When Torchlight launched in 2009 it drew quite a few comparisons to the original Diablo. It was set in a single town perched atop an enormous dungeon. It featured three classes that fit into the fighter, mage, and archer archetypes. Oh yeah, and it was made by a lot of the people who created Diablo. So that's a little similar.
But there was much more to the game than that. Movement and combat were snappy, with fluid animations that conveyed plenty of character. Each character started off with a loyal pet that helped out in combat by casting spells and made the process of storing and selling loot easier. Mods were embraced in a big way with a powerful editor that made it possible to tinker with everything from skills and items to entirely new classes.
It was a terrific game. Not perfect, but a rare treat in a genre that hadn't been well represented.
If it's inevitable that comparisons will be made between Torchlight II and the Diablo series once again, I might as well give it a shot: This is what Diablo 3 could have been if Blizzard had focused on fun just a little bit more. Auction houses that fundamentally change the distribution of loot and make finding stuff less meaningful? Nope. Excessive gameplay interruptions butting in with inane dialog that conveys a terrible story for the nth time, even though you wish you hadn't experienced it at all the first time around? Nah. Loot tables and difficulty curves that have been sterilized and polished with such a heavy hand that there's no unpredictability? That doesn't sound like a good idea, so no.
Okay, I'm finished venting about what Diablo 3 wasn't. Let's talk about what Torchlight II is.
It's lengthy, for one, and packed with variety. All of the original Torchlight could fit inside the first two chapters of Torchlight II. By the time you finish that second chapter you will have encountered more environments, enemy types, secrets, and styles of gear than in the entirety of the first game.
Each act is comprised of a chain of large outdoor maps. Within each map, there are entrances to several lengthy dungeons, usually with a quest giver hanging around nearby. Sometimes you'll simply run into something odd, like a ghost ship that brings you to a nautical-themed single floor cavern with tons of pirates and evil crabs. Occasionally you'll run into an enemy that creates a portal when killed, leading to a room with a specific challenge such as defending certain points on a map or poisoning spider nests.
As a result of all this you're constantly in motion, hacking your way through a different tileset every couple of minutes. These areas are sprinkled with secrets that reward alert explorers. Smash a normal looking vase to trigger a hidden pathway. Discover objects that can be picked up or looted even though they aren't labeled as interactive items. Press a concealed panel in a dungeon wall to active a sliding door that leads to piles of treasure. There may or may not be a mysterious bottle of lotion in an underground lair that does something creepy when it's placed in an unlabeled basket.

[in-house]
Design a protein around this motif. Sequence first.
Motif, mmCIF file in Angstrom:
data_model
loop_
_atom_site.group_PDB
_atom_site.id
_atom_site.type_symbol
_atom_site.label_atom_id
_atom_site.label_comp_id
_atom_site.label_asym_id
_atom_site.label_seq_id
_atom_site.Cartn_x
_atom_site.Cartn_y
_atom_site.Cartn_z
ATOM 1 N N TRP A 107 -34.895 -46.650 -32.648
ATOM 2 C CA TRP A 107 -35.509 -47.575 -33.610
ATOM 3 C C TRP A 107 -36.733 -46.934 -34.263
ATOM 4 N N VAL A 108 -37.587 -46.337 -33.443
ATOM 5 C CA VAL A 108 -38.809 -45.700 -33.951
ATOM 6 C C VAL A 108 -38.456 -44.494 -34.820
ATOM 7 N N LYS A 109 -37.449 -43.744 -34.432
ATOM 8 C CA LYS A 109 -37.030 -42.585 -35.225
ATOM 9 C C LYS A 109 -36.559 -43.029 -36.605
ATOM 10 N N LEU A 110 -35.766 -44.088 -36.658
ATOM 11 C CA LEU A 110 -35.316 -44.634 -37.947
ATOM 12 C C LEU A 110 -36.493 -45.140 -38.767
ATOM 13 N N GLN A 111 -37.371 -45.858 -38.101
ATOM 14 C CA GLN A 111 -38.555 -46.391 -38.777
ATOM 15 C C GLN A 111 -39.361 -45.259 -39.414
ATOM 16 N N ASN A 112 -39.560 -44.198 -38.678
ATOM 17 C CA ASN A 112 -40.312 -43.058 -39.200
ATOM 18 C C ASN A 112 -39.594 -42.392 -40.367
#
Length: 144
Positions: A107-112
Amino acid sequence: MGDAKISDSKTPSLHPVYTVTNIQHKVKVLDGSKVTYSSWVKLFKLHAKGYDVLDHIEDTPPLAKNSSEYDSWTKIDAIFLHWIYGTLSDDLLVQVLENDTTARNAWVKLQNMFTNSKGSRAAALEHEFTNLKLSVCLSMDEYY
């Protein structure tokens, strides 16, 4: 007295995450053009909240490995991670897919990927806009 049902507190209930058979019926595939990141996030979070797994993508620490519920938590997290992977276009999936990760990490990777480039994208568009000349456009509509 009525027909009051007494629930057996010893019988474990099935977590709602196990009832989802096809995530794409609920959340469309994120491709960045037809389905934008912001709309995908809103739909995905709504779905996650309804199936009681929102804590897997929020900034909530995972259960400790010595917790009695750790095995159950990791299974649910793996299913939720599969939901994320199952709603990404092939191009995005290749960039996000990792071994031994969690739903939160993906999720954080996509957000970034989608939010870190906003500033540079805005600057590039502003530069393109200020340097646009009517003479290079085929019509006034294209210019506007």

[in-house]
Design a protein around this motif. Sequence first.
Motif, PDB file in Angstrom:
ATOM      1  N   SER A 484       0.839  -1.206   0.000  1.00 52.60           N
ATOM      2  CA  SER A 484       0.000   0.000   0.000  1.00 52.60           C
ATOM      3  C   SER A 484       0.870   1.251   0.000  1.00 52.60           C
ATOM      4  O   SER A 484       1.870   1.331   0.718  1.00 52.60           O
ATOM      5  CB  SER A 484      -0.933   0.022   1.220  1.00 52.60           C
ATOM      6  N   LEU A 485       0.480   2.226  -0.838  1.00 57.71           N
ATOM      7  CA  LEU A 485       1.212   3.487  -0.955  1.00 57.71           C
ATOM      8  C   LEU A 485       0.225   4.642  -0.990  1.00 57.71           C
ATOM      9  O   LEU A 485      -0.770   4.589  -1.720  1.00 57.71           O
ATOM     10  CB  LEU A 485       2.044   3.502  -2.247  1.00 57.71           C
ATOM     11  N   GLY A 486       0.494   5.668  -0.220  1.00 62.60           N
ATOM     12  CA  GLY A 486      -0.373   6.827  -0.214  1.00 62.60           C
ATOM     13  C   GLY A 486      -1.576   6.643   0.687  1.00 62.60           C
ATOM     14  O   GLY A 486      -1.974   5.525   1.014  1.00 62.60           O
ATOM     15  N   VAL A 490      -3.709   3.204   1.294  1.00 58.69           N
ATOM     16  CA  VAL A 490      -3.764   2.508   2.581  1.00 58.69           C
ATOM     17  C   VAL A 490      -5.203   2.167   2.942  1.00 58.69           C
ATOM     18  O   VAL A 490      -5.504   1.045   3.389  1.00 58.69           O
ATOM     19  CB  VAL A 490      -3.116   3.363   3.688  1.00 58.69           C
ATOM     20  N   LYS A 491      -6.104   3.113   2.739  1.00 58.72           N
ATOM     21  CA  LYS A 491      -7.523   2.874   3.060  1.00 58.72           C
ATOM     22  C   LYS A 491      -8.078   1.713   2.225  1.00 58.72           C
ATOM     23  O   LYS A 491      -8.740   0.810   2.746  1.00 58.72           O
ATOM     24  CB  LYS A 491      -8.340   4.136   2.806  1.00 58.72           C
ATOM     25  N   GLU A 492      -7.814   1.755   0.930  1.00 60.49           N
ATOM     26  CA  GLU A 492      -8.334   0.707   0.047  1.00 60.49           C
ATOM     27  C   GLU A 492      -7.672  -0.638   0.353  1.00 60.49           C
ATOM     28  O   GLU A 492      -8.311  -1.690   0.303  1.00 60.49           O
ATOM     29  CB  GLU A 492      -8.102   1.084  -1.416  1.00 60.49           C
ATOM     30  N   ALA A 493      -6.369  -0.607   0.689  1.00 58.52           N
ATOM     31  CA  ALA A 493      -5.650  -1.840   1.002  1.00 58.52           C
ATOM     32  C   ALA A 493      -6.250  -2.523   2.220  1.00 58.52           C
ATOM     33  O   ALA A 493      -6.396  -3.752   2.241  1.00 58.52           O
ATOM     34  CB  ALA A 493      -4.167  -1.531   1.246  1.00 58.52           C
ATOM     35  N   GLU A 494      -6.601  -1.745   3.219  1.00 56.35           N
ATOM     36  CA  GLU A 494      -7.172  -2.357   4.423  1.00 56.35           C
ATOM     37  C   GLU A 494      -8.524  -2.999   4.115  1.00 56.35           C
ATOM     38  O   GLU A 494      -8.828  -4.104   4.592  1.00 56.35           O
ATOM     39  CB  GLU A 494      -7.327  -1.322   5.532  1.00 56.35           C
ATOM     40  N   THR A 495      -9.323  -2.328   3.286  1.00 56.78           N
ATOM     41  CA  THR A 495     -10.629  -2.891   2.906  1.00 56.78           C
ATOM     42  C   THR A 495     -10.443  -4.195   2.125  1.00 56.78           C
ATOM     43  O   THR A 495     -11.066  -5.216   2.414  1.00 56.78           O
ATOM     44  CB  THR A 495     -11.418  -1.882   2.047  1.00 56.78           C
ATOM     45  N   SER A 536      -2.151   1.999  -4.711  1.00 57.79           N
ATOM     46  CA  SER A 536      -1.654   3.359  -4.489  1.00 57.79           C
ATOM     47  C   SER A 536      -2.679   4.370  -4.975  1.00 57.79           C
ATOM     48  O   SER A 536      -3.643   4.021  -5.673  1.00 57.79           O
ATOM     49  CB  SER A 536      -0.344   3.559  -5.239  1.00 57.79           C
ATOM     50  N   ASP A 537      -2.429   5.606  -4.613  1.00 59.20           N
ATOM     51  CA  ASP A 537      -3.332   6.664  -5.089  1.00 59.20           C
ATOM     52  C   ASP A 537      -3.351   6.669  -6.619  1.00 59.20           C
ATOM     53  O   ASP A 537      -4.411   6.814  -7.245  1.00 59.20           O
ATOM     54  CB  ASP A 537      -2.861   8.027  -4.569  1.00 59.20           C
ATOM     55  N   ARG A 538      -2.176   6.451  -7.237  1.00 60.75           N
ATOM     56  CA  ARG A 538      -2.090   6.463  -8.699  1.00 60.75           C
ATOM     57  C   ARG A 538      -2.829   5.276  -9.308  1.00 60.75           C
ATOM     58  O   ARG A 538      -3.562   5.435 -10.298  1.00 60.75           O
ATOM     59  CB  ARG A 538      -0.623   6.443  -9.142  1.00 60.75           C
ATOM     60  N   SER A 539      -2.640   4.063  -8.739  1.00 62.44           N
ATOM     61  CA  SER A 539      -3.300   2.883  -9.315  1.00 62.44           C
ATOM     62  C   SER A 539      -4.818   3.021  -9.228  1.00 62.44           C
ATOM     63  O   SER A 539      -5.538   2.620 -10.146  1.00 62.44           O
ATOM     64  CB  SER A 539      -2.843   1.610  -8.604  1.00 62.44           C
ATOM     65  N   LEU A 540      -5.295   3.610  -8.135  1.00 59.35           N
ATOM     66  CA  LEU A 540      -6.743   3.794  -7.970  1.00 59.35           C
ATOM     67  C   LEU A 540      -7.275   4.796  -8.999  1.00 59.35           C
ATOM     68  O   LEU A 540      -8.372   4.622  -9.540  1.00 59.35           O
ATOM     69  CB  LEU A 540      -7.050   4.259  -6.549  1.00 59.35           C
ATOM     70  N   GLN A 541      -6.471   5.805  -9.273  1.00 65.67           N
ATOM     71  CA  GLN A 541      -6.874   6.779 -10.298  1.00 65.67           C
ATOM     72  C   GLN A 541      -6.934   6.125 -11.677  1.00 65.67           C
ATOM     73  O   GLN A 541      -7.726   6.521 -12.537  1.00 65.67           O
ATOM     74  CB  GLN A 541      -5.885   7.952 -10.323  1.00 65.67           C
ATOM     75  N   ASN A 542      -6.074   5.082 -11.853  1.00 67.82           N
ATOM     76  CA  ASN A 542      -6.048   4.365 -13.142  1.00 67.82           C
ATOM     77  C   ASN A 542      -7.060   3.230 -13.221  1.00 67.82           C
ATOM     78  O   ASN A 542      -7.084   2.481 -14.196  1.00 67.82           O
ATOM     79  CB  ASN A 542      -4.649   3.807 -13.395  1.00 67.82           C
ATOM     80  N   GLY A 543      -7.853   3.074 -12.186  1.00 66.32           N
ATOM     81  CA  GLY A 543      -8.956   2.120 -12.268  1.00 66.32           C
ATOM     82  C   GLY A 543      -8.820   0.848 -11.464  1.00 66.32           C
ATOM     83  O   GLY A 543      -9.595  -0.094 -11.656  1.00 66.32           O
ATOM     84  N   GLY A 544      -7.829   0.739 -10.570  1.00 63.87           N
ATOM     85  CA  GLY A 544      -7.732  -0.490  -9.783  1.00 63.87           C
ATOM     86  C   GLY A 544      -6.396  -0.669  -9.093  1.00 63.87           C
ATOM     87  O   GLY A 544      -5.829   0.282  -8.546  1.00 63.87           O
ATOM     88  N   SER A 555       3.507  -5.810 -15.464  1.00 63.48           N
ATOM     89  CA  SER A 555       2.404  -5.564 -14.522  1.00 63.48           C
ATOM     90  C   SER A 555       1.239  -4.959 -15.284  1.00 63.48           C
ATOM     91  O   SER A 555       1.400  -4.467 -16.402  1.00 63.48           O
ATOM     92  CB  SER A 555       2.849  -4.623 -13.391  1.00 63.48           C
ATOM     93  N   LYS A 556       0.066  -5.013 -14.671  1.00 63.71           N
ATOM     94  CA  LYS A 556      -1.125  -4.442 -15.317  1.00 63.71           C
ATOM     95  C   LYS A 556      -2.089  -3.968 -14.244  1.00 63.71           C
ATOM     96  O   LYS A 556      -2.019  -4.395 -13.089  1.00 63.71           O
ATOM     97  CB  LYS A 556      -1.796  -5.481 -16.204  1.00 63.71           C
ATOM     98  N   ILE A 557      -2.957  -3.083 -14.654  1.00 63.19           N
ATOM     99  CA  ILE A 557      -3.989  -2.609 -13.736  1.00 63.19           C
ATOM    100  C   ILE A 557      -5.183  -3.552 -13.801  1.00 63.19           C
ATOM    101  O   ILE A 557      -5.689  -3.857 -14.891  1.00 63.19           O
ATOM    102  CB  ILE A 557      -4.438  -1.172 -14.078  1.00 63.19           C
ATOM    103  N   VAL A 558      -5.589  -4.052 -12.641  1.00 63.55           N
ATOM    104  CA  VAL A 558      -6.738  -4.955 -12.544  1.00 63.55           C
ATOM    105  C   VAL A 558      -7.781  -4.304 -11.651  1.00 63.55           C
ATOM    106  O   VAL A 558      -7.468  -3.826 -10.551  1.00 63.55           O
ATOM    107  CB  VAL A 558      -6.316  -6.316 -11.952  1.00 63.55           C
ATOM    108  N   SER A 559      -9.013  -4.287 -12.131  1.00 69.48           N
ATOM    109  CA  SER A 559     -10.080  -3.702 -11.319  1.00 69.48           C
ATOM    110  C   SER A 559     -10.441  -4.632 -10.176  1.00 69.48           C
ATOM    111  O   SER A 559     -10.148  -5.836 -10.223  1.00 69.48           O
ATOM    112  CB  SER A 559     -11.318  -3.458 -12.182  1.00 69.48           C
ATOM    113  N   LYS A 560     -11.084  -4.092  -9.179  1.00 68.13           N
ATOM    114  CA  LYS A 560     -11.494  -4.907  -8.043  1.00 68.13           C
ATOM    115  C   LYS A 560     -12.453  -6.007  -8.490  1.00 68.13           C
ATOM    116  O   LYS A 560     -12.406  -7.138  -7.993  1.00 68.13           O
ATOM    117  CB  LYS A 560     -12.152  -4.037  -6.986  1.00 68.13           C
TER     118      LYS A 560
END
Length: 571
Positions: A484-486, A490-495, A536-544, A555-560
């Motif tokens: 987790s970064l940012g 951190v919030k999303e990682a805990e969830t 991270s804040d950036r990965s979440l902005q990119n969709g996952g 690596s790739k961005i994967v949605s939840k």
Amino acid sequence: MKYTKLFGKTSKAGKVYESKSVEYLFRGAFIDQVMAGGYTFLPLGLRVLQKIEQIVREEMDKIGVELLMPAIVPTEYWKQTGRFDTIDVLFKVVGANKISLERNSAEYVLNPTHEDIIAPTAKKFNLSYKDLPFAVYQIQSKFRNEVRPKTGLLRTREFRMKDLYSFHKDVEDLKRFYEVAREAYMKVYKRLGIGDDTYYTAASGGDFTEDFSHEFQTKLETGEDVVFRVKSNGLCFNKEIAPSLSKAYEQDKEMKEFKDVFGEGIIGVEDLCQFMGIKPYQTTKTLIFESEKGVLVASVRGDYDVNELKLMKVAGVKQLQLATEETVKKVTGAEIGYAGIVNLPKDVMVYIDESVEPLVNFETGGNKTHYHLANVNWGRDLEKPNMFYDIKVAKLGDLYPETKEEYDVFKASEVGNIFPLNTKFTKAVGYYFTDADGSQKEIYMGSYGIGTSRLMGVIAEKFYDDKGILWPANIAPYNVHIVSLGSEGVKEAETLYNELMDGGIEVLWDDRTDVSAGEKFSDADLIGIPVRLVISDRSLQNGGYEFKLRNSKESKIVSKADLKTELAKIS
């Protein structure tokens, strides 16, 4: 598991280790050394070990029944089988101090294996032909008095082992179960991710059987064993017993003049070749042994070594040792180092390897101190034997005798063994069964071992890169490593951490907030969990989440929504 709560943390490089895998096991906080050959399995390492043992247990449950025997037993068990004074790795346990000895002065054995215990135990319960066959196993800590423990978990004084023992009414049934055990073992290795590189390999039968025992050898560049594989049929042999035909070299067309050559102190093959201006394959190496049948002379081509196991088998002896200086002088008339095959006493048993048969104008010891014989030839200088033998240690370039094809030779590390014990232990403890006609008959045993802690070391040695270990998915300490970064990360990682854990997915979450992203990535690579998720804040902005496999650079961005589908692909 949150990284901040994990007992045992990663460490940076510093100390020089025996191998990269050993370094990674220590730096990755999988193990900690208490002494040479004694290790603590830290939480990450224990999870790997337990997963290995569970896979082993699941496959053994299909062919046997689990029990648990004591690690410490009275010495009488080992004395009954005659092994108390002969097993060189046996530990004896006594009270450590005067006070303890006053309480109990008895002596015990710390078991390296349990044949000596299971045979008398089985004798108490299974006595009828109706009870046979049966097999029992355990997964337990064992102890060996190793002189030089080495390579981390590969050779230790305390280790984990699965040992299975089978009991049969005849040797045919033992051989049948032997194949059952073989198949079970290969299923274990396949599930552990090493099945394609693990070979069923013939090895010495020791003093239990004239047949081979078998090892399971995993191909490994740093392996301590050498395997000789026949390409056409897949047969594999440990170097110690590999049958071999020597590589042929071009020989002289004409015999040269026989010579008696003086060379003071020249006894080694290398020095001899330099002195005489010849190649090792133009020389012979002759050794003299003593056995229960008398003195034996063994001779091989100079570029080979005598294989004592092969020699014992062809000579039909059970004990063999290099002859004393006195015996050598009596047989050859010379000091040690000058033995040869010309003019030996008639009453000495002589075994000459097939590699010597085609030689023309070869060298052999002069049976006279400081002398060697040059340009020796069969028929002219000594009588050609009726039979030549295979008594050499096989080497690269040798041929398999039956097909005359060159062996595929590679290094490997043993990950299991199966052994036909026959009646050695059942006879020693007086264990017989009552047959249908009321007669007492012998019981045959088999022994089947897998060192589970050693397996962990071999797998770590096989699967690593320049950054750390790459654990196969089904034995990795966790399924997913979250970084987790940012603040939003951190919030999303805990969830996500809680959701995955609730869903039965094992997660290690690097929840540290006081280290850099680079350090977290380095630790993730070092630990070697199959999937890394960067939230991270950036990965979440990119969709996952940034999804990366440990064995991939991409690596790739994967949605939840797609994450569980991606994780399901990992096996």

Skills are better this time around, though they continue to be uneven. Investing multiple points in a single skill will unlock tiers that provide additional effects, so you aren't just plugging away at a single number. Some abilities build up a new Charge meter, while others capitalize on the level of charge. Playing a few skills off of one another to maximize the effects of your Charge can add quite a bit to combat. That said, if you aren't a fan of one of the lower tier skills you'll wind up saving your points for quite a while, which results in a whole lot of left clicking and not a whole lot else. Annoyingly, some skills (such as summoned pets and auras) can eventually have 100% uptime, but only by allowing them to expire then immediately casting them again. This is a personal pet peeve of mine in action RPGs, as these should either become permanent casts or toggled abilities.
Of course, most of these problems will be addressed by mods when the game's editor comes out, but until that happens you'll probably feel a little constrained by the choices that most classes present.
Torchlight II presents a tremendous amount of content, polish, and plain old fun. It's pretty much a no-brainer if you're even remotely interested in snapping out of a fugue state in front of a screen full of corpses and color-coded loot. And really, who isn't interested in that?
After beating the campaign and playing through most of New Game + mode, I loaded the game to check one minor detail while writing today's review and wound up playing a new wolfman character for two hours. 9/10
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